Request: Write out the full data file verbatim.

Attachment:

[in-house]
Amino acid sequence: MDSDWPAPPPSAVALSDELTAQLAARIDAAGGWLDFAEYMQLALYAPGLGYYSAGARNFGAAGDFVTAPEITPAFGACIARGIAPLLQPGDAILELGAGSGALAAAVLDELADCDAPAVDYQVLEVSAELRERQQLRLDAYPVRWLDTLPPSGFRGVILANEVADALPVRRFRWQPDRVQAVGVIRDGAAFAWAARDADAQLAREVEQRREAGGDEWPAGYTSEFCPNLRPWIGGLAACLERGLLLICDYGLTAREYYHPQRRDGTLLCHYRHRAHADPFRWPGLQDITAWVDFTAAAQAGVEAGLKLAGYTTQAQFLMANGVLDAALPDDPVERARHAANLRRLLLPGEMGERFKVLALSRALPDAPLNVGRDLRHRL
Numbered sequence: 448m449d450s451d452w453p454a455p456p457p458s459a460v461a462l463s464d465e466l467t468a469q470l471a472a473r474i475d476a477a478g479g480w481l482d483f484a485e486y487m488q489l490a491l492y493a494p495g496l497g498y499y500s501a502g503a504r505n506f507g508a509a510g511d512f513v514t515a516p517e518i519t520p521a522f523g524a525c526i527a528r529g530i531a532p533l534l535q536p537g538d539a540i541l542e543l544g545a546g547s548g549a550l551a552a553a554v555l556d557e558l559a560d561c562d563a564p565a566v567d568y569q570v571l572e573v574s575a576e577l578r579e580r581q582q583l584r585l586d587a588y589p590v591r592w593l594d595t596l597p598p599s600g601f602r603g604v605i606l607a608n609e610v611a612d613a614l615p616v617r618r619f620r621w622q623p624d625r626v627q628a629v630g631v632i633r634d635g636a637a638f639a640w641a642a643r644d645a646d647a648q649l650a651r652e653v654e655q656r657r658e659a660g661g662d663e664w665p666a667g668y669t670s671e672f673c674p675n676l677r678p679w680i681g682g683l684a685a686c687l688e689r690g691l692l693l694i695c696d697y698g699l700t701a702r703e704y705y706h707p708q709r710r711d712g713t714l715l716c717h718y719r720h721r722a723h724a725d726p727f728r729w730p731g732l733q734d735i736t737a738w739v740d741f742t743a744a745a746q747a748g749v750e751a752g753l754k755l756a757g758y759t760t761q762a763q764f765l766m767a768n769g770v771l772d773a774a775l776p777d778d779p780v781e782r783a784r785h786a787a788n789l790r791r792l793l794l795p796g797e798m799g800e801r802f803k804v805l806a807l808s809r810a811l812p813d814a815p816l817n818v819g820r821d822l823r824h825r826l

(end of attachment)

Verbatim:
[in-house]
Amino acid sequence: MDSDWPAPPPSAVALSDELTAQLAARIDAAGGWLDFAEYMQLALYAPGLGYYSAGARNFGAAGDFVTAPEITPAFGACIARGIAPLLQPGDAILELGAGSGALAAAVLDELADCDAPAVDYQVLEVSAELRERQQLRLDAYPVRWLDTLPPSGFRGVILANEVADALPVRRFRWQPDRVQAVGVIRDGAAFAWAARDADAQLAREVEQRREAGGDEWPAGYTSEFCPNLRPWIGGLAACLERGLLLICDYGLTAREYYHPQRRDGTLLCHYRHRAHADPFRWPGLQDITAWVDFTAAAQAGVEAGLKLAGYTTQAQFLMANGVLDAALPDDPVERARHAANLRRLLLPGEMGERFKVLALSRALPDAPLNVGRDLRHRL
Numbered sequence: 448m449d450s451d452w453p454a455p456p457p458s459a460v461a462l463s464d465e466l467t468a469q470l471a472a473r474i475d476a477a478g479g480w481l482d483f484a485e486y487m488q489l490a491l492y493a494p495g496l497g498y499y500s501a502g503a504r505n506f507g508a509a510g511d512f513v514t515a516p517e518i519t520p521a522f523g524a525c526i527a528r529g530i531a532p533l534l535q536p537g538d539a540i541l542e543l544g545a546g547s548g549a550l551a552a553a554v555l556d557e558l559a560d561c562d563a564p565a566v567d568y569q570v571l572e573v574s575a576e577l578r579e580r581q582q583l584r585l586d587a588y589p590v591r592w593l594d595t596l597p598p599s600g601f602r603g604v605i606l607a608n609e610v611a612d613a614l615p616v617r618r619f620r621w622q623p624d625r626v627q628a629v630g631v632i633r634d635g636a637a638f639a640w641a642a643r644d645a646d647a648q649l650a651r652e653v654e655q656r657r658e659a660g661g662d663e664w665p666a667g668y669t670s671e672f673c674p675n676l677r678p679w680i681g682g683l684a685a686c687l688e689r690g691l692l693l694i695c696d697y698g699l700t701a702r703e704y705y706h707p708q709r710r711d712g713t714l715l716c717h718y719r720h721r722a723h724a725d726p727f728r729w730p731g732l733q734d735i736t737a738w739v740d741f742t743a744a745a746q747a748g749v750e751a752g753l754k755l756a757g758y759t760t761q762a763q764f765l766m767a768n769g770v771l772d773a774a775l776p777d778d779p780v781e782r783a784r785h786a787a788n789l790r791r792l793l794l795p796g797e798m799g800e801r802f803k804v805l806a807l808s809r810a811l812p813d814a815p816l817n818v819g820r821d822l823r824h825r826l